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Africa News and Discussions

Kenya Ethiopia Sudan East Africa Ghana South Africa Africa China Sahara Congo

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#101
Yuli Ban

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Africa's fastest growing economies

Ethiopia has held the title as Africa’s fastest growing economy in the past decade thanks to its fast-growing agricultural sector and coffee exports. However, research from organisations such as the World Bank, IMF and African Development Bank, suggests that Ghana may be poised to take that title and potentially beat out India’s growth to become the world’s fastest growing economy for 2018. The New York Times points to the IMF’s projections that suggest only Bhutan and Libya may have a growth rate that outpaces Ghana, but that Bhutan’s economy is significantly smaller than that of Ghana’s and Libya is recently emerging from a war.


And remember my friend, future events such as these will affect you in the future.


#102
Yuli Ban

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Why China's footprint in Africa worries the US

Secretary of State Rex Tillerson set out this week for his first trip to sub-Saharan Africa, where he is holding meetings with influential leaders across the continent.
Yet even as the US seeks to shore up (and, in some sense, repair) its relationships with African governments, Tillerson is keenly aware of another, bigger presence looming in the background: China.
Since the early 2000s, China has been investing heavily across Africa through dramatically increased trade, foreign direct investments and loans from the China Export-Import Bank. The phenomenon has, in many respects, been a boon for African economies. But it has also put the US government on edge, as Tillerson expressed in a speech earlier this week at George Mason University, in Washington's Virginia suburbs.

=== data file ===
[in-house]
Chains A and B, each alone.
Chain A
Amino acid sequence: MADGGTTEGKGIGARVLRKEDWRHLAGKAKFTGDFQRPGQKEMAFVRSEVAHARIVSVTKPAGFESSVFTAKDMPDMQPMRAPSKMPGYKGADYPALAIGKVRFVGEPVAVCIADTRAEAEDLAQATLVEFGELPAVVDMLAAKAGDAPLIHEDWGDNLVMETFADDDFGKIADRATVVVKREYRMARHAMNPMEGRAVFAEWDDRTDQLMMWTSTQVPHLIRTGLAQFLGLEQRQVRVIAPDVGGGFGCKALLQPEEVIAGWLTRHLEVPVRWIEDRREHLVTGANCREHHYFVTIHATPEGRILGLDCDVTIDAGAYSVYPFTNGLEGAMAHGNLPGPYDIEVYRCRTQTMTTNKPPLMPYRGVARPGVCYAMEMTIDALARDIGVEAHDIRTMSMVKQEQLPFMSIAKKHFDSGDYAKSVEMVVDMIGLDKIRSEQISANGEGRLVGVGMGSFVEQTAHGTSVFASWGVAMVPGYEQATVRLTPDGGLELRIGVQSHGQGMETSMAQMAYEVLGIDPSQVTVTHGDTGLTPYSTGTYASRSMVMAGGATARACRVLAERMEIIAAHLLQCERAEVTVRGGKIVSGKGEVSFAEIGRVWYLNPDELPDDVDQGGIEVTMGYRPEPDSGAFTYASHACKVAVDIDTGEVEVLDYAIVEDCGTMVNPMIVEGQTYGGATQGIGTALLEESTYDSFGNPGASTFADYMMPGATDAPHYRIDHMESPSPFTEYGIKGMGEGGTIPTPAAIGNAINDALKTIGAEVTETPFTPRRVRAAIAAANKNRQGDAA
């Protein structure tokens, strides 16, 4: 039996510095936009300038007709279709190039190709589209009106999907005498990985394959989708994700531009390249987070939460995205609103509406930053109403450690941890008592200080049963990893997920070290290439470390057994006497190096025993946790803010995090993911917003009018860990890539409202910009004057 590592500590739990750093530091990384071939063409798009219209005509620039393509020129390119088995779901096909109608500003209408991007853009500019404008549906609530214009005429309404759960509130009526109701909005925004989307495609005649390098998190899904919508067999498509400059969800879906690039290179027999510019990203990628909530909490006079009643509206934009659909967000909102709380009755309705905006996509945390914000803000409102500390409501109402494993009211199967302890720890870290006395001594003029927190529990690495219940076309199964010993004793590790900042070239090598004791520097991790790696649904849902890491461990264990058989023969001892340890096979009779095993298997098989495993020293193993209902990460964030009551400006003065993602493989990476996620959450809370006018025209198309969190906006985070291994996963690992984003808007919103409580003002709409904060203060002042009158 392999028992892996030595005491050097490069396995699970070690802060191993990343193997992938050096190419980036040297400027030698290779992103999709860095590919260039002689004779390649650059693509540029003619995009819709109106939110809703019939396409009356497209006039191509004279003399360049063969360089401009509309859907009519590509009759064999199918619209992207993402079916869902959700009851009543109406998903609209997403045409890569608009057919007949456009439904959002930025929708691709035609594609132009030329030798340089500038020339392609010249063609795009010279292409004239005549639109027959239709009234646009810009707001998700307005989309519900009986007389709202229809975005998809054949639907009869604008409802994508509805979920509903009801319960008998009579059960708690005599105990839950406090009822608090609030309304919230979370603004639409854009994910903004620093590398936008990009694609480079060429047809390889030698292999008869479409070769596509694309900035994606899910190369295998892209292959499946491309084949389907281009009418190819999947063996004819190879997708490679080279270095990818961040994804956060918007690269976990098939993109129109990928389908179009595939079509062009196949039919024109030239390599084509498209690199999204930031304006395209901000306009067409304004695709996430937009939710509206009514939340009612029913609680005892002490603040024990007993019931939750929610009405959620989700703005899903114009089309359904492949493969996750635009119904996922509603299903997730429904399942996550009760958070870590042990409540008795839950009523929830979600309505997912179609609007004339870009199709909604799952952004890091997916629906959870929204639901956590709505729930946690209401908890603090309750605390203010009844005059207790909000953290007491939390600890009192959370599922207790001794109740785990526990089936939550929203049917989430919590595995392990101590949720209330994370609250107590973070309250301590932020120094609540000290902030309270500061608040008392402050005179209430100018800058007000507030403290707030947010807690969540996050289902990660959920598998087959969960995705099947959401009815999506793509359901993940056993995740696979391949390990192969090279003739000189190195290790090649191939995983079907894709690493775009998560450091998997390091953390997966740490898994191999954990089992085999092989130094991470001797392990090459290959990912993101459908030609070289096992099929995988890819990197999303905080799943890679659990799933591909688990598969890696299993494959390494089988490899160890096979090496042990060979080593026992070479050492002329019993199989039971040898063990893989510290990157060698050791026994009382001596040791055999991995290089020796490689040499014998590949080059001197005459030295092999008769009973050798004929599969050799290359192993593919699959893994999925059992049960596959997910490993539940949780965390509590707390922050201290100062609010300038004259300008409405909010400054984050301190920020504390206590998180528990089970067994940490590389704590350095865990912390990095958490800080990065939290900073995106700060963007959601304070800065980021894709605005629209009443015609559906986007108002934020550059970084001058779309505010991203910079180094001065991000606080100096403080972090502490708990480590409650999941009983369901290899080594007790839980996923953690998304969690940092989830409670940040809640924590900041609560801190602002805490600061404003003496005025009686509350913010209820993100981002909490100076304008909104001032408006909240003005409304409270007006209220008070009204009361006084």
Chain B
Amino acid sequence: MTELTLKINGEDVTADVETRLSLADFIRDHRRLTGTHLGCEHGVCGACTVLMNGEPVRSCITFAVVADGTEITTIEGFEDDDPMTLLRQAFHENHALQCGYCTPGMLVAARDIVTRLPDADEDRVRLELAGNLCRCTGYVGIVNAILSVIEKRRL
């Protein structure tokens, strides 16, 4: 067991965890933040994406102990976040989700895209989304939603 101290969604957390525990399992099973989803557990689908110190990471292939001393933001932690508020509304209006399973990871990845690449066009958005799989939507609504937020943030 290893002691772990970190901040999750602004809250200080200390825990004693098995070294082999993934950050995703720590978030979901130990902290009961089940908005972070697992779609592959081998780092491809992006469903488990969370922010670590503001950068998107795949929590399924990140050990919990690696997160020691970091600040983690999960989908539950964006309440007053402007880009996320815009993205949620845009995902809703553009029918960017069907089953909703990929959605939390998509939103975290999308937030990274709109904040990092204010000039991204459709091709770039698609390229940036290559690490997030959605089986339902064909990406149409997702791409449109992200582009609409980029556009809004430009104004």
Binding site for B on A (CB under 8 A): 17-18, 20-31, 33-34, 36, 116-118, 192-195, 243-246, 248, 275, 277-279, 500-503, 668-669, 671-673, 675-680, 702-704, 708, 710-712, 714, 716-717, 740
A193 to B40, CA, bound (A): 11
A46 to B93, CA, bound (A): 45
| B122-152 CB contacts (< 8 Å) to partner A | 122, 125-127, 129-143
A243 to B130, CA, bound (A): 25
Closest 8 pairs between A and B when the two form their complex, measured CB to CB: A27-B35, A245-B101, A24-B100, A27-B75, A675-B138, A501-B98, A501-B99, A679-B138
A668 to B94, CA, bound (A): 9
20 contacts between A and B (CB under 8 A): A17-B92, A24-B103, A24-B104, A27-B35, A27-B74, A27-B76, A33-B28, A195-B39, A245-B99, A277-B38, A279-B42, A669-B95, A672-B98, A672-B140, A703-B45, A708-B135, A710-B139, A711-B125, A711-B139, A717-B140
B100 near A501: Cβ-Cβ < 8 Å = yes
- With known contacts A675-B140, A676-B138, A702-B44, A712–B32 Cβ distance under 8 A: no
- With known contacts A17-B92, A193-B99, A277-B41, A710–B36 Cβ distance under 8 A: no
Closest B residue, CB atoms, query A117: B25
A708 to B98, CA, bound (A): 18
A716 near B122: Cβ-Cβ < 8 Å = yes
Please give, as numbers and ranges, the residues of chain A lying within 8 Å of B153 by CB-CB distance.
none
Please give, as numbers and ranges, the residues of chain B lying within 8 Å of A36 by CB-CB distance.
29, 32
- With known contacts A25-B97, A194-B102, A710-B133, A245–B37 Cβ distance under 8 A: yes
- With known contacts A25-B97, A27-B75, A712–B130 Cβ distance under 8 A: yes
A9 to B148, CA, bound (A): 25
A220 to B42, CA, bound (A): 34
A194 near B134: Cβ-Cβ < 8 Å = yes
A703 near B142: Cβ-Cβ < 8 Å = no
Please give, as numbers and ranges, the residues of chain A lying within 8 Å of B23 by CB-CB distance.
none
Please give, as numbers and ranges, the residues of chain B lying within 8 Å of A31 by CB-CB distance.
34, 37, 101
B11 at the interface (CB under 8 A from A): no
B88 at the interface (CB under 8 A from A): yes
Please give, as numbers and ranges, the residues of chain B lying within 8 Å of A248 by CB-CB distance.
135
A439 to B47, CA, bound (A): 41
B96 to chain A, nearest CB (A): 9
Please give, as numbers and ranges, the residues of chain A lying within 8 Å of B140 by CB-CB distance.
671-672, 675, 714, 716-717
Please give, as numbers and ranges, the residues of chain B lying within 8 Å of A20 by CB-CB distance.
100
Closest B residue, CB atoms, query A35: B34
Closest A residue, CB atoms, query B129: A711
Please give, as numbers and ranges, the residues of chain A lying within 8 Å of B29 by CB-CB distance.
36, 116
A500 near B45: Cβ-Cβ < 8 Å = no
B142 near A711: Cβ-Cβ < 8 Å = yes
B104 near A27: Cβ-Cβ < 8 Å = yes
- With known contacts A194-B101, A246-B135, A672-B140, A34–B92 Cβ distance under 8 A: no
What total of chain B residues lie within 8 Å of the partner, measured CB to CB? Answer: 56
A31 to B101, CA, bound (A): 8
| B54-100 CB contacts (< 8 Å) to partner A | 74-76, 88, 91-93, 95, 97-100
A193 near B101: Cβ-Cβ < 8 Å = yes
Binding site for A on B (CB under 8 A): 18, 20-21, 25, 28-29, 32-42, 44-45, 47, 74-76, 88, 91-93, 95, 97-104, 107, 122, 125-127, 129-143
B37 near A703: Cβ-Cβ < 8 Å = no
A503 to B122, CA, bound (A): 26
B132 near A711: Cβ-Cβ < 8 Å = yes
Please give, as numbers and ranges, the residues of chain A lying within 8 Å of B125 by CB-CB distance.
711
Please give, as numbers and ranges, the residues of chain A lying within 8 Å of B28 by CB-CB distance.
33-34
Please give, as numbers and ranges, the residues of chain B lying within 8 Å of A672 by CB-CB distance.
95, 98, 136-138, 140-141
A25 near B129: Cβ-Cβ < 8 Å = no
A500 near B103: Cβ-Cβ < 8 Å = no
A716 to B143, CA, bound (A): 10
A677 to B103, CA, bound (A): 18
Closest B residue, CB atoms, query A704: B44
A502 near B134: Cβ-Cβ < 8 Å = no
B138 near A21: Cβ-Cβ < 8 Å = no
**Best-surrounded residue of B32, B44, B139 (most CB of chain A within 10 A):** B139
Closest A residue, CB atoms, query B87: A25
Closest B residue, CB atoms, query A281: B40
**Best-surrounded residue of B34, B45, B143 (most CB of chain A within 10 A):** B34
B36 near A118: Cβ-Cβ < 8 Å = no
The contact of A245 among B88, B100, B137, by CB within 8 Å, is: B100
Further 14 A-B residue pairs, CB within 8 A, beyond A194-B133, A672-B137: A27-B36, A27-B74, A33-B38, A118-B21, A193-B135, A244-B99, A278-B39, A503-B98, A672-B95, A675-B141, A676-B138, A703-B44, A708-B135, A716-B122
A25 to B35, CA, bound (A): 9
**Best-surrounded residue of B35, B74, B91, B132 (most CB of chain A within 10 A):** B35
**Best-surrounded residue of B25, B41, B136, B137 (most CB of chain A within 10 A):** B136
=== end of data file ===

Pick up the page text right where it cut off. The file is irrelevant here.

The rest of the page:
"Chinese investment does have the potential to address Africa's infrastructure gap, but its approach has led to mounting debt and few if any jobs in most countries," said Tillerson. "When coupled with political and fiscal pressure, this endangers Africa's natural resources and its long-term economic and political stability."


And remember my friend, future events such as these will affect you in the future.


#103
Alislaws

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Because if the Chinese are exploiting the Africans, then the Africans have a choice between Chinese and US exploitation, which limits how exploitative the US can be. 



#104
caltrek

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Former South African president Jacob Zuma faces prosecution 

 

https://www.thenatio...cution-1.713656

 

Introduction:

 

(The National) Former South African president Jacob Zuma will face prosecution on corruption charges that haunted for much of his term in office, the country's chief prosecutor said on Friday.

 

"After consideration of the matter there are reasonable prospects of a successful prosecution of Mr Zuma," said National Director of Public Prosecutions Shaun Abrahams at a media briefing in Pretoria.

 

"A trial court would be the most appropriate [venue] for the ventilation of the issues."

 

The former president could now appeal the ruling on a number of grounds and argue that the decision is illegitimate as Mr Abrahams' own position is uncertain.

 

In December, the High Court in Pretoria ordered then-deputy president Cyril Ramaphosa to replace Mr Abrahams, ruling that Mr Zuma's original decision to appoint him was "null and void" because he was "conflicted" at the time.

WEB-wo17-safrica-zuma.jpg?f=16x9&w=1200&

 

Former South African president Jacob Zuma listens as new party Cyril Ramaphosa leader addresses delegates during the closing of the ANC's elective conference in Johannesburg on December 21, 2017.

Themba Hadebe / AP Photo


The principles of justice define an appropriate path between dogmatism and intolerance on the one side, and a reductionism which regards religion and morality as mere preferences on the other.   - John Rawls


#105
delmaryang